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Brandy Station in Culpeper County, Virginia — The American South (Mid-Atlantic)
 

Battle of Brandy Station

The Winter Camp of 1863-1864

 
 
Battle of Brandy Station Marker image. Click for full size.
By T. Elizabeth Renich, September 5, 2016
1. Battle of Brandy Station Marker
The Winter Camp of 1863-1864
Inscription. The 1863 campaigns for Chancellorsville, Gettysburg, Bristoe Station, and Mine Run exacted an immense toll upon the Army of the Potomac. Union Gen. George G. Meade deemed it vital to rest his command. War Department officials also used this opportunity to replenish ranks and bolster the arm's hemorrhaged logistical infrastructure. During the second week of December 1863, Federal troops began building a vast winter camp in Culpeper County, with headquarters operations centered on Fleetwood Hill.

Meade's headquarters tents sprawled over the hill's northern spur, a half-mile distant. The Third Corps headquarters sprang up here, on southern Fleetwood. The Third Corps tents spread out around Stevensburg, the Fifth Corps at Rappahannock Station, the Sixth Corps over northern Fleetwood, and the First Corps in and around Culpeper Court House. Three cavalry divisions established a mounted picket line that surrounded the army and extended as far north as Warrenton. Gen. Ulysses S. Grant assumed command of all United States armies and arrived here in April 1864 to accompany the Army of the Potomac on its spring 1864 campaign. On May 4, the rejuvenated and well-trained Army of the Potomac departed Fleetwood Hill forever to begin the Overland Campaign. The Wilderness waited.

"There was something fascinating about our winter city of 100,000 men. History should know that our military service did not consist entirely of being shot at, or trying to shoot the other man."
—Maj. Thomas W. Hyde, staff officer, Sixth Corps, USA

"The one thing that we suffered the most from, the hardship hardest to bear, was hunger. The scantiness of the rations was something fierce. We never got a square meal that winter. We were always hungry."
—Pvt. William M. Dame, Richmond Howitzers, From the Rapidan to Richmond (1920)
 
Erected by Virginia Civil War Trails, Civil War Trust.
 
Marker series. This marker is included in the Virginia Civil War Trails marker series.
 
Location. 38° 30.569′ N, 77° 52.768′ W. Marker is in Brandy Station, Virginia, in Culpeper County. Marker is at the intersection of Fleetwood Heights Road (Virginia Route 685) and Stuart Lane, on the right when traveling east on Fleetwood Heights Road. Click for map. Marker is in this post office area: Brandy Station VA 22714, United States of America.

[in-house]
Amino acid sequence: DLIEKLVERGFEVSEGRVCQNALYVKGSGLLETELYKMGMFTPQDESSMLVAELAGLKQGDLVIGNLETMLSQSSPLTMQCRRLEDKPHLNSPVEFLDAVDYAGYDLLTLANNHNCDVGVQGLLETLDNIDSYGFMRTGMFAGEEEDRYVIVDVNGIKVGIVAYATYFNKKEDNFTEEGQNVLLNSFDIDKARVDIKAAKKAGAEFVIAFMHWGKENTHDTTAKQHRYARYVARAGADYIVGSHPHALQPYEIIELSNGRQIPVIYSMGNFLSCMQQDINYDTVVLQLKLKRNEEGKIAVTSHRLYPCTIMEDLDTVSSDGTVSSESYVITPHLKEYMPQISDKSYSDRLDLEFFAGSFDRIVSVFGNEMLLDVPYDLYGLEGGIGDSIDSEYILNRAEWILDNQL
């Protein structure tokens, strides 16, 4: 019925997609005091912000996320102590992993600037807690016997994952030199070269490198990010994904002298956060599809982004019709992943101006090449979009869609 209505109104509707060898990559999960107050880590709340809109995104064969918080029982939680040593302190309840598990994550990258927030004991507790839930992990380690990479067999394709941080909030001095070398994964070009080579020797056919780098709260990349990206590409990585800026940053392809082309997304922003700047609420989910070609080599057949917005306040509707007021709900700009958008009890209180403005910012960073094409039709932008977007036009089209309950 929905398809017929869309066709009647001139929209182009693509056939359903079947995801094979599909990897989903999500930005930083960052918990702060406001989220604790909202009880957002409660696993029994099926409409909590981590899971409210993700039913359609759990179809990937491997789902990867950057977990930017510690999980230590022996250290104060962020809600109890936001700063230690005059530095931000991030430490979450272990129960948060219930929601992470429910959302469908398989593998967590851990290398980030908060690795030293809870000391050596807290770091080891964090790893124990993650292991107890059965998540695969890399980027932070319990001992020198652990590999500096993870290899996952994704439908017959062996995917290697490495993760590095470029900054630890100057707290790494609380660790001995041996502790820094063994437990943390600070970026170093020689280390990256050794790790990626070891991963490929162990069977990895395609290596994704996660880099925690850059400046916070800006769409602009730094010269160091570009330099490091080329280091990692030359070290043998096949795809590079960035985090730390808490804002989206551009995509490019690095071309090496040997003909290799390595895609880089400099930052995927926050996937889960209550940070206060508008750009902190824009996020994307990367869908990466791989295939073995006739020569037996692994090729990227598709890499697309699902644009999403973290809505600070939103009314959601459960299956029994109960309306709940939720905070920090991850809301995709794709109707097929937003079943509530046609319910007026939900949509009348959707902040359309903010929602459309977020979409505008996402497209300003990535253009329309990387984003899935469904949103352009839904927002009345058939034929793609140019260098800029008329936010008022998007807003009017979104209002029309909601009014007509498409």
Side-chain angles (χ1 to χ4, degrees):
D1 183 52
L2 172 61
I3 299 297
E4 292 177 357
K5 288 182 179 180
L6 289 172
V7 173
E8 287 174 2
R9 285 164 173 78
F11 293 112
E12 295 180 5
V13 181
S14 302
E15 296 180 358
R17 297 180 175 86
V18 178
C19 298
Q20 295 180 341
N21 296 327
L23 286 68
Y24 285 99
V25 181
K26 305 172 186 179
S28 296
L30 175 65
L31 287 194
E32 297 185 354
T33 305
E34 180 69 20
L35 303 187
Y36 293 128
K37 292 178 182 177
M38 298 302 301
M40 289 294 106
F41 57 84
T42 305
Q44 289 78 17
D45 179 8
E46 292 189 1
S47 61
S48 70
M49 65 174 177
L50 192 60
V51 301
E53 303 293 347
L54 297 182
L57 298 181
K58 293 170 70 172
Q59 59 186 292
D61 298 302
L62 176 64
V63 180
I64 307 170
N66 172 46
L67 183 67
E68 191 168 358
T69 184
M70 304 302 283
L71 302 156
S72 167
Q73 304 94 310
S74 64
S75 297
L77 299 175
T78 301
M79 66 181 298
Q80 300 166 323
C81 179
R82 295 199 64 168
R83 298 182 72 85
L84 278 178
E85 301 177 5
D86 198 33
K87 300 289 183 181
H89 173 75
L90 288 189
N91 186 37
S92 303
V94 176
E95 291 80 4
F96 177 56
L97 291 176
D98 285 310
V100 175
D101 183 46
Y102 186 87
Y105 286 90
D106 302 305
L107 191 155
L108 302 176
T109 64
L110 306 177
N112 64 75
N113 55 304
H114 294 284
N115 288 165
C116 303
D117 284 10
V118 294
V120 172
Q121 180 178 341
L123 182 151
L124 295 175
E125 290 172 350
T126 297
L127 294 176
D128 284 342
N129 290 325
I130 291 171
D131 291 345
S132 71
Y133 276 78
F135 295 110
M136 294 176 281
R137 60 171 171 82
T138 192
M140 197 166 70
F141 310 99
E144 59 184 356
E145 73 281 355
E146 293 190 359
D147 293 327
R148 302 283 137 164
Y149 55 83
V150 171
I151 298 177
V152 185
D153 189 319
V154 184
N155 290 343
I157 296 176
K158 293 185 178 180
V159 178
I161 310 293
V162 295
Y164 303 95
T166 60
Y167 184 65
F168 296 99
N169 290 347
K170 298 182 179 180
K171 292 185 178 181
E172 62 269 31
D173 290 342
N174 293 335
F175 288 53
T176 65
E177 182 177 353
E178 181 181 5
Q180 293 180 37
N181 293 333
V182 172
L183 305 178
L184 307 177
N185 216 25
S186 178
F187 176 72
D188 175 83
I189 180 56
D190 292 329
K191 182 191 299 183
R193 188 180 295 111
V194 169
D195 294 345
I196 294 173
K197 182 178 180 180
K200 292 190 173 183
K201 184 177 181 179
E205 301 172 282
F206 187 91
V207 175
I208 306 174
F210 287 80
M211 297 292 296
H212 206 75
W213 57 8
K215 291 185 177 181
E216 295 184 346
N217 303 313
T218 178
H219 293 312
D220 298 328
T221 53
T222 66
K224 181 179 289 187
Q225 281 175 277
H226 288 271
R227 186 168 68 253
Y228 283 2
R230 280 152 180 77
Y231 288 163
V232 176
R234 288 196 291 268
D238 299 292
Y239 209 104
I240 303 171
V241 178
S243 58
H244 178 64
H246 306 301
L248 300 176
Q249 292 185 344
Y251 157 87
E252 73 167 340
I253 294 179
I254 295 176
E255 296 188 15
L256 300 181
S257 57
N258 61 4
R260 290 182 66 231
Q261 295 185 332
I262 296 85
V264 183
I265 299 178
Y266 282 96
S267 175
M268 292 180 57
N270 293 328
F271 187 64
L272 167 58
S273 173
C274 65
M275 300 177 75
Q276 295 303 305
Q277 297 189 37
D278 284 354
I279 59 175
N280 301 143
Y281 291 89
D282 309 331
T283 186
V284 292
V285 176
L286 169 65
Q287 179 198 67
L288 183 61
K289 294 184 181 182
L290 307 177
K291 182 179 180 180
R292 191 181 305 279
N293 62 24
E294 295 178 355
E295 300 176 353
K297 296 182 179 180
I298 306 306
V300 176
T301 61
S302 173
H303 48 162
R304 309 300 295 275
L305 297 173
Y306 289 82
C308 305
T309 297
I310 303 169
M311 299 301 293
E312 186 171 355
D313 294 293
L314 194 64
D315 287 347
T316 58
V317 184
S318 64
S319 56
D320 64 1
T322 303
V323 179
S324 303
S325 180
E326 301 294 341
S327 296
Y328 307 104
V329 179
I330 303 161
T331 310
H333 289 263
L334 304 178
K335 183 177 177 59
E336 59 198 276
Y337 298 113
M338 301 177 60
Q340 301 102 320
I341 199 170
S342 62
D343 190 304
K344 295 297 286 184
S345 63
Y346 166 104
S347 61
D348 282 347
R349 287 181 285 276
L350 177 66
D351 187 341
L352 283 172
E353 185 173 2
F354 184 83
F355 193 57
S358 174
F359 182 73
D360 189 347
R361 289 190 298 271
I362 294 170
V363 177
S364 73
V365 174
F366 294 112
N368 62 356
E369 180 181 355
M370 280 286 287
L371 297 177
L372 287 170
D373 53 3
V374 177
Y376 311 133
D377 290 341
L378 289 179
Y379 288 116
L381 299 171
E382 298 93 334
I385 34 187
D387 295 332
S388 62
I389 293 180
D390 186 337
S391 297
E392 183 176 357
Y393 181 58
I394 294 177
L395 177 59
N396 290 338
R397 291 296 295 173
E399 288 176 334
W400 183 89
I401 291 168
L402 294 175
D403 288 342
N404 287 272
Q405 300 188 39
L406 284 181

Other nearby markers. At least 8 other markers are within walking distance of this marker. A different marker also named Battle of Brandy Station (here, next to this marker); a different marker also named Battle of Brandy Station (here, next to this marker); a different marker also named Battle of Brandy Station (here, next to this marker); a different marker also named Battle of Brandy Station (here, next to this marker); a different marker also named Battle of Brandy Station (here, next to this marker); a different marker also named Battle of Brandy Station (a few steps from this marker); a different marker also named Battle of Brandy Station (a few steps from this marker); a different marker also named Battle of Brandy Station (within shouting distance of this marker). Click for a list of all markers in Brandy Station.
 
Categories. War, US Civil
 
 
Credits. This page originally submitted on , by T. Elizabeth Renich of Leesburg, Virginia. This page has been viewed 154 times since then and 25 times this year. Photo   1. submitted on , by T. Elizabeth Renich of Leesburg, Virginia. • Bernard Fisher was the editor who published this page. This page was last revised on September 6, 2016.
 
Editor’s want-list for this marker. Wide shot of marker and its surroundings. • Can you help?
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